TW: The first, most glaring, difference is the sheer number of words. A standard, full-length play probably comes in around 15,000 words while you’re looking at a minimum of 80k for a crime novel – and I had a co-writer for the plays so, theoretically, only had to come up with around half of the words! So sheer volume of work is a big difference. The second thing is the nature of the writing. Plays, by definition, are almost entirely dialogue. There are a few stage directions but actors don’t much like being told what to do by writers so these are usually kept to a minimum. So, when I started to try and write my first crime novel I was confident that I could handle the dialogue but had to learn how to do everything else. I did a couple of local writing courses and joined a local writing group and gradually managed to get a grip on what to do in between the dialogue! My editing, even now, often consists of trimming out dialogue and adding a little more description.

If I’m allowed a third thing… because I co-wrote the plays we planned everything from the get-go. The whole play would be mapped out and then we would divide up the scenes, head back to our own territory, write our own bit and then swop them around. Once we’d got a rough draft we’d sit together to edit. For my crime novels it’s the complete opposite. I don’t plan at all. I start with an opening chapter and go from there. Maybe it’s a reaction to the previous over-planning but it feels more organic to me and almost as if it’s happening in real time – as it would for any actual investigator, my protagonist can follow hunches but has no sure idea what might happen next. I have this crazy idea that if I don’t know what’s happening next it will be pretty hard for the reader to guess. It does mean that I have to do a lot of editing, retro-fitting the plot to make it all work, but if it’s good enough for Lee Child ...

SH: Can you expand on your road to publication?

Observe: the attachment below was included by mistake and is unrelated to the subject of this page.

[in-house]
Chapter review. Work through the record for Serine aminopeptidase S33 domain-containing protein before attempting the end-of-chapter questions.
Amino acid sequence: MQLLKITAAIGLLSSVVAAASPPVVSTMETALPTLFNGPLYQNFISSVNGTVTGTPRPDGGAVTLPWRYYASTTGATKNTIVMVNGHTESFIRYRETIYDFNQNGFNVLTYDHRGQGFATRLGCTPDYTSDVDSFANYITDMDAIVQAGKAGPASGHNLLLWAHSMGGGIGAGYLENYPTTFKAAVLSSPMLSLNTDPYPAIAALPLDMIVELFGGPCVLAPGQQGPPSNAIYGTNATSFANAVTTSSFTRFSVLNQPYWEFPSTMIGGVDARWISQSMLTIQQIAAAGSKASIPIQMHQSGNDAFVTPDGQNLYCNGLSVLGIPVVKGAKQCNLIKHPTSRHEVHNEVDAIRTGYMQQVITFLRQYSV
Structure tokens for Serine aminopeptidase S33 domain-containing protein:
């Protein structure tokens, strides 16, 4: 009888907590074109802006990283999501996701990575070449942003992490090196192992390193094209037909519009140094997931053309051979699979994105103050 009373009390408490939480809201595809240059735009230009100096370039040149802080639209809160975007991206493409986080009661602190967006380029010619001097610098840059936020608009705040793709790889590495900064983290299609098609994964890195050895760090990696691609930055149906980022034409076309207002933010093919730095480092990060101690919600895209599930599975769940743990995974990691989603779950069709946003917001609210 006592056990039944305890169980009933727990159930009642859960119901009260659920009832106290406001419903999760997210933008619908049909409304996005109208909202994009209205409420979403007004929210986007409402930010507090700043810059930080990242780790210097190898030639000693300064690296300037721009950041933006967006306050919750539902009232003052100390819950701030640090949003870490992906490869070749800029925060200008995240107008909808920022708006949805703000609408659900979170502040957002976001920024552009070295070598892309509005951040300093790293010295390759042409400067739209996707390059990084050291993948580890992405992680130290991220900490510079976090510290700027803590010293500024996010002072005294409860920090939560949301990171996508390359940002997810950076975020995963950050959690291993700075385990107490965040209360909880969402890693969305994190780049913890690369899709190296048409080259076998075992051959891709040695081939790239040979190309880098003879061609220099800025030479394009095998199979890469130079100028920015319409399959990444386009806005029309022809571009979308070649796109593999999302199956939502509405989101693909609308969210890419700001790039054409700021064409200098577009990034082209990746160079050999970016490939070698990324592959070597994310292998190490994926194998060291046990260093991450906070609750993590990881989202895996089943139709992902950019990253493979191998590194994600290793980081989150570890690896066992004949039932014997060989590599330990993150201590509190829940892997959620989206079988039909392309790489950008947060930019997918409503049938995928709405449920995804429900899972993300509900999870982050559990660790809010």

TW: My first attempt at a crime novel is sitting on my laptop waiting for the world to change. One of the problems was that I stayed in my comfort zone. I wrote it in first person – falling back on the idea that dialogue was my strength (see above). Also, the tone was comedic, again doing what I knew I could do, most of our plays were out-and-out comedies. It got me an agent but stalled there. It was only later that I discovered the publishing world doesn’t really know what to do with comic crime. Editors have enough trouble judging whether a book is good or not, if they then have to judge whether it’s funny that’s two difficult, risky decisions. The knockout blow is that they then have to decide whether other people will think it’s funny. I’m hoping that Mick Herron’s success may mean I can resurrect the book one day.

I decided to throw that all away and try instead to write the kind of book I like to read, gritty, socially aware, realistic crime, think Dennis Lehane, Eva Dolan and, um, Sarah Hilary. This meant completely stripping down my natural style and starting again. So I did another course. The inaugural MA in Crime Writing at UEA – the best decision I could have made. A great course, based hugely on peer-to-peer feedback and I had the help of ten other hugely committed wannabe crime writers and visiting speakers like Ian Rankin, Denise Mina and Lee Child. Of the eleven who started the course, five now have book deals, including Harriet Tyce, of Blood Orange fame, and three others have agents and books on the way. The final deliverable of the course was an 80k-word crime novel and that was the book that became The Man on the Street. After that the journey was a story of long gaps with sudden bursts of joy. I had got rid of my first agent (long story, but basically I could never get him to meet me) and I had nearly a year of rejections before the wonderful Oli Munson at AM Heath read the book in a day and offered me representation within two days of me sending out my initial enquiry. We then had a second long wait as rejections, some hugely encouraging but rejections nonetheless, crept in. Eventually we had strong interest from one editor but subject to a significant rewrite. We took the plunge. Several months of hard work later that was rejected too. HOWEVER… the new version went out to a handful of editors and the offers came in almost immediately, including one from the estimable Jane Wood at Quercus. I nearly bit her hand off.

SH: What's next for you?

TW: I wrote The Man on the Street under the distinct impression I was writing a standalone novel. To my surprise everyone else thought it was a series so I’ve been working on book 2, provisionally entitled One Way Street and the second draft is in my editor’s hands as I type this. Like the first book it’s currently planned to be given a soft launch, in e-book and audio, in October this year before full publication in hardback in March 2021. The other big thing is that The Man on the Street has been optioned for TV and film by World Productions, the makers of Line of Duty and Bodyguard. I try very hard to keep things on an even keel – I know that not everything that gets optioned ends up on screen - but I’m finding it tricky not to get ridiculously excited about this.

Thanks, Trevor!

You can buy The Man on the Street here (supporting your local indie bookshop). Do join the discussion on Twitter where Trevor can be found here.